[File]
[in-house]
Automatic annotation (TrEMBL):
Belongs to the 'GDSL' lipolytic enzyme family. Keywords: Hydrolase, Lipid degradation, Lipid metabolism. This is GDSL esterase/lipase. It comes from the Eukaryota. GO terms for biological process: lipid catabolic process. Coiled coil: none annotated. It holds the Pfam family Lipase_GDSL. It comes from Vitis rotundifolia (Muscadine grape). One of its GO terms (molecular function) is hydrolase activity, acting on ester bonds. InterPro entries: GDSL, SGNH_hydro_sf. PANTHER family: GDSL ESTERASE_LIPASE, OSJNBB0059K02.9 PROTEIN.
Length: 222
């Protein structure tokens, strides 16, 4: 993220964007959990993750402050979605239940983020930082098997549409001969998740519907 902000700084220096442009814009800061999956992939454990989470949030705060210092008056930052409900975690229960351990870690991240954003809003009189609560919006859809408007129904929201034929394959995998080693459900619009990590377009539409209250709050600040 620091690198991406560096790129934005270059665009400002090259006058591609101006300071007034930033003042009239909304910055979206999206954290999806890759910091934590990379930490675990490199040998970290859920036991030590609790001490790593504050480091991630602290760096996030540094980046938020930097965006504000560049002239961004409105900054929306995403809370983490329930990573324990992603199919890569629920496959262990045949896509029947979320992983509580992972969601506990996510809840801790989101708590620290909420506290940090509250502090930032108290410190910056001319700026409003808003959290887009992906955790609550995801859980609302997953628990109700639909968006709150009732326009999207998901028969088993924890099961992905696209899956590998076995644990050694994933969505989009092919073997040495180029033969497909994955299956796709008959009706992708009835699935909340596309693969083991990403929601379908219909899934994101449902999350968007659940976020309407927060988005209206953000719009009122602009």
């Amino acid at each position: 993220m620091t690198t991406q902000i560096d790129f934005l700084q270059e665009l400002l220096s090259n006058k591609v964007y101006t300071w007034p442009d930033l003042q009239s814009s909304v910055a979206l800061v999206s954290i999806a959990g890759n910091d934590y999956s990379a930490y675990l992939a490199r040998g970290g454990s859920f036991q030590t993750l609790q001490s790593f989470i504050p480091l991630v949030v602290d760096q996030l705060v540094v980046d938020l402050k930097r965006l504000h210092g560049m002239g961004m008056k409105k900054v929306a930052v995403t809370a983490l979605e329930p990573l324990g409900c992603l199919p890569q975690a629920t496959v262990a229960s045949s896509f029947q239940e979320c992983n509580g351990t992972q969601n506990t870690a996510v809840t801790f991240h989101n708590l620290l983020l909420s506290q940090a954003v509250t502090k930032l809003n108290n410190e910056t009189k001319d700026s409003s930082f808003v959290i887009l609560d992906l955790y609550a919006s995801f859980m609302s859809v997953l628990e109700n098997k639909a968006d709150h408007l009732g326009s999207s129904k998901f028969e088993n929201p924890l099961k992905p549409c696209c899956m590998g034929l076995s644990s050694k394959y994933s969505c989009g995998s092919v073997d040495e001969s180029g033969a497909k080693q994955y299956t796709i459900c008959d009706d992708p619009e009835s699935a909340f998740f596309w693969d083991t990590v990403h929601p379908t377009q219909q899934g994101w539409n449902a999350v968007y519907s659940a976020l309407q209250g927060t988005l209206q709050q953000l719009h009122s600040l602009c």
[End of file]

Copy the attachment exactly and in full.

[in-house]
Automatic annotation (TrEMBL):
Belongs to the 'GDSL' lipolytic enzyme family. Keywords: Hydrolase, Lipid degradation, Lipid metabolism. This is GDSL esterase/lipase. It comes from the Eukaryota. GO terms for biological process: lipid catabolic process. Coiled coil: none annotated. It holds the Pfam family Lipase_GDSL. It comes from Vitis rotundifolia (Muscadine grape). One of its GO terms (molecular function) is hydrolase activity, acting on ester bonds. InterPro entries: GDSL, SGNH_hydro_sf. PANTHER family: GDSL ESTERASE_LIPASE, OSJNBB0059K02.9 PROTEIN.
Length: 222
């Protein structure tokens, strides 16, 4: 993220964007959990993750402050979605239940983020930082098997549409001969998740519907 902000700084220096442009814009800061999956992939454990989470949030705060210092008056930052409900975690229960351990870690991240954003809003009189609560919006859809408007129904929201034929394959995998080693459900619009990590377009539409209250709050600040 620091690198991406560096790129934005270059665009400002090259006058591609101006300071007034930033003042009239909304910055979206999206954290999806890759910091934590990379930490675990490199040998970290859920036991030590609790001490790593504050480091991630602290760096996030540094980046938020930097965006504000560049002239961004409105900054929306995403809370983490329930990573324990992603199919890569629920496959262990045949896509029947979320992983509580992972969601506990996510809840801790989101708590620290909420506290940090509250502090930032108290410190910056001319700026409003808003959290887009992906955790609550995801859980609302997953628990109700639909968006709150009732326009999207998901028969088993924890099961992905696209899956590998076995644990050694994933969505989009092919073997040495180029033969497909994955299956796709008959009706992708009835699935909340596309693969083991990403929601379908219909899934994101449902999350968007659940976020309407927060988005209206953000719009009122602009």
């Amino acid at each position: 993220m620091t690198t991406q902000i560096d790129f934005l700084q270059e665009l400002l220096s090259n006058k591609v964007y101006t300071w007034p442009d930033l003042q009239s814009s909304v910055a979206l800061v999206s954290i999806a959990g890759n910091d934590y999956s990379a930490y675990l992939a490199r040998g970290g454990s859920f036991q030590t993750l609790q001490s790593f989470i504050p480091l991630v949030v602290d760096q996030l705060v540094v980046d938020l402050k930097r965006l504000h210092g560049m002239g961004m008056k409105k900054v929306a930052v995403t809370a983490l979605e329930p990573l324990g409900c992603l199919p890569q975690a629920t496959v262990a229960s045949s896509f029947q239940e979320c992983n509580g351990t992972q969601n506990t870690a996510v809840t801790f991240h989101n708590l620290l983020l909420s506290q940090a954003v509250t502090k930032l809003n108290n410190e910056t009189k001319d700026s409003s930082f808003v959290i887009l609560d992906l955790y609550a919006s995801f859980m609302s859809v997953l628990e109700n098997k639909a968006d709150h408007l009732g326009s999207s129904k998901f028969e088993n929201p924890l099961k992905p549409c696209c899956m590998g034929l076995s644990s050694k394959y994933s969505c989009g995998s092919v073997d040495e001969s180029g033969a497909k080693q994955y299956t796709i459900c008959d009706d992708p619009e009835s699935a909340f998740f596309w693969d083991t990590v990403h929601p379908t377009q219909q899934g994101w539409n449902a999350v968007y519907s659940a976020l309407q209250g927060t988005l209206q709050q953000l719009h009122s600040l602009c």